Jonathan "Duke" Leto.
Currently the Parrot  Embedding subsystem is under-tested and under-documented. This grant proposes to add documentation for all public Embed/Extend API functions, write tests to increase the code coverage statistics for the Embed/Extend API to at least 95%, and update the Parrot Developer Docs (PDDs)  where errors or omissions are found. Any bugs found on the way that cannot be easily fixed will be reported on the Parrot Trac bug-tracker with test cases.
There are many projects that will benefit from a completely documentated and thoroughly tested Parrot Embed Subsystem. Rakudo Perl 6  is built on Parrot, so people who want to embed Rakudo Perl 6 in any other application will benefit. Blizkost is a bridge between Perl 5 and Parrot, and embeds both, so will greatly benefit from good documentation and tests. PL/Parrot  is a project that aims to embed Parrot in the PostgreSQL database . Because Parrot is embedded in PostgreSQL, any language that runs on Parrot then can easily be embedded. PL/Perl6 is part of the PL/Parrot project, which loads Rakudo Perl 6 bytecode and therefore embeds a Perl 6 interpreter inside of PostgreSQL, for use in writed stored procedures. All of these projects will grealy benefit from complete documentation, as well any any future applications that want to embed or extend Parrot.
According to the code coverage stats  for Embed Extend API in Parrot Subversion revision 48100, the code coverage of src/embed.c is 65.2%, src/extend.c is 71.2% and src/extend_vtable.c is 5.3%. All of these will be raised to at least 95% by writing the appropriate tests.
The embed API documentation in docs/embed.pod  contains many parts which are missing documentation, such as the "Lexicals", "Type Signatures" and "Constants" sections. This will be filled with the appropriate documenation as it works currently.
A blog post will also be made on a blog syndicated by Perlsphere, describing how the grant proceeded, lessons learned, bugs found, a summary of tests written and links to the new documentation.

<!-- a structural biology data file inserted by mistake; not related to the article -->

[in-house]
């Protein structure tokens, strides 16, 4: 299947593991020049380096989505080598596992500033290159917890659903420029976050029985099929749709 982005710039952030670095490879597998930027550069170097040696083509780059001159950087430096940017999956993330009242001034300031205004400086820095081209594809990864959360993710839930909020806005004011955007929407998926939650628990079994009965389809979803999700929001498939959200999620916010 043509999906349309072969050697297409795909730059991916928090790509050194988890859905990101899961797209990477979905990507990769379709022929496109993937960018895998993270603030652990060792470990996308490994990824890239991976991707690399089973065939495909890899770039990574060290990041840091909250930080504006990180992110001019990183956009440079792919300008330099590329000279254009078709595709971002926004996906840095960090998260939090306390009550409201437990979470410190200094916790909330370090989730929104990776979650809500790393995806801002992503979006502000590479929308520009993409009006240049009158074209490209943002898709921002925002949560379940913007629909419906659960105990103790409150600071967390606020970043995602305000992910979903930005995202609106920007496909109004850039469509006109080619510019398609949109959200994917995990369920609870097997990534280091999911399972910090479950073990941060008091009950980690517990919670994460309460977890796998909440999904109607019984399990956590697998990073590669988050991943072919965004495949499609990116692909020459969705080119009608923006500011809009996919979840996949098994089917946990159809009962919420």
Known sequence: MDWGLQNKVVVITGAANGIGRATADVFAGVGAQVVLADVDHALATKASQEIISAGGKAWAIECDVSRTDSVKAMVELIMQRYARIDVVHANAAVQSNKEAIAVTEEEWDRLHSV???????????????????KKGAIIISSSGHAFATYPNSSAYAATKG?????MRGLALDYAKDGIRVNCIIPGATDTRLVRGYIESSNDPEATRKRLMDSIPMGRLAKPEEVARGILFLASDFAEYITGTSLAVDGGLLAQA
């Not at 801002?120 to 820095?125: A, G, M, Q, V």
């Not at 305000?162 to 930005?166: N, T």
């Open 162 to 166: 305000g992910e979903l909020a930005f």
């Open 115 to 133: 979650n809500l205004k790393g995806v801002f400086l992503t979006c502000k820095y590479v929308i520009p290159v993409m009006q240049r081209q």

Currently only about 5 of over 180 functions in src/extend_vtable.c have test coverage. This will likely require around 50 tests fully cover each function, but this number can vary depending on the size of a test. The majority of these tests are simply calling a variety of VTABLE functions on PMCs, so each test has roughly the same structure. These tests will be added to t/src/extend_vtable.t (a new test file) and written in Perl 5.
The test coverage for src/embed.c and src/extend.c is much higher, so fewer tests will be required, but these tests will be more complicated due to the necessity of testing corner cases. Much of the uncovered code in src/embed.c relates to dealing packfiles and bytecode, error handling with I/O and using non-default runcores. These tests will be added to t/src/embed.t and t/src/extend.t, respectively, and written in Perl 5.
The documentation part of this grant should be straight-forward, but anything that needs to be clarified will be put to the parrot-dev mailing list.
The first inch-stone will be updating docs/embed.pod to contain the "Lexicals", "Type Signatures" and "Constants" sections. This should take one to two weeks.
The next two inch-stones will be to raise extend_vtable.c to 50% and then 95% coverage. This splits the work roughly in half, and I expect each to take roughly 2 weeks.
The tests for embed.c are fewer but will be trickier, so I expect to have two inch-stones, one for 80% coverage and the other for 95% coverage, and I expect each to take about 2-3 weeks.
The last inch-stone will be the easiest: writing and publishing the blog post. I expect this to take about a day.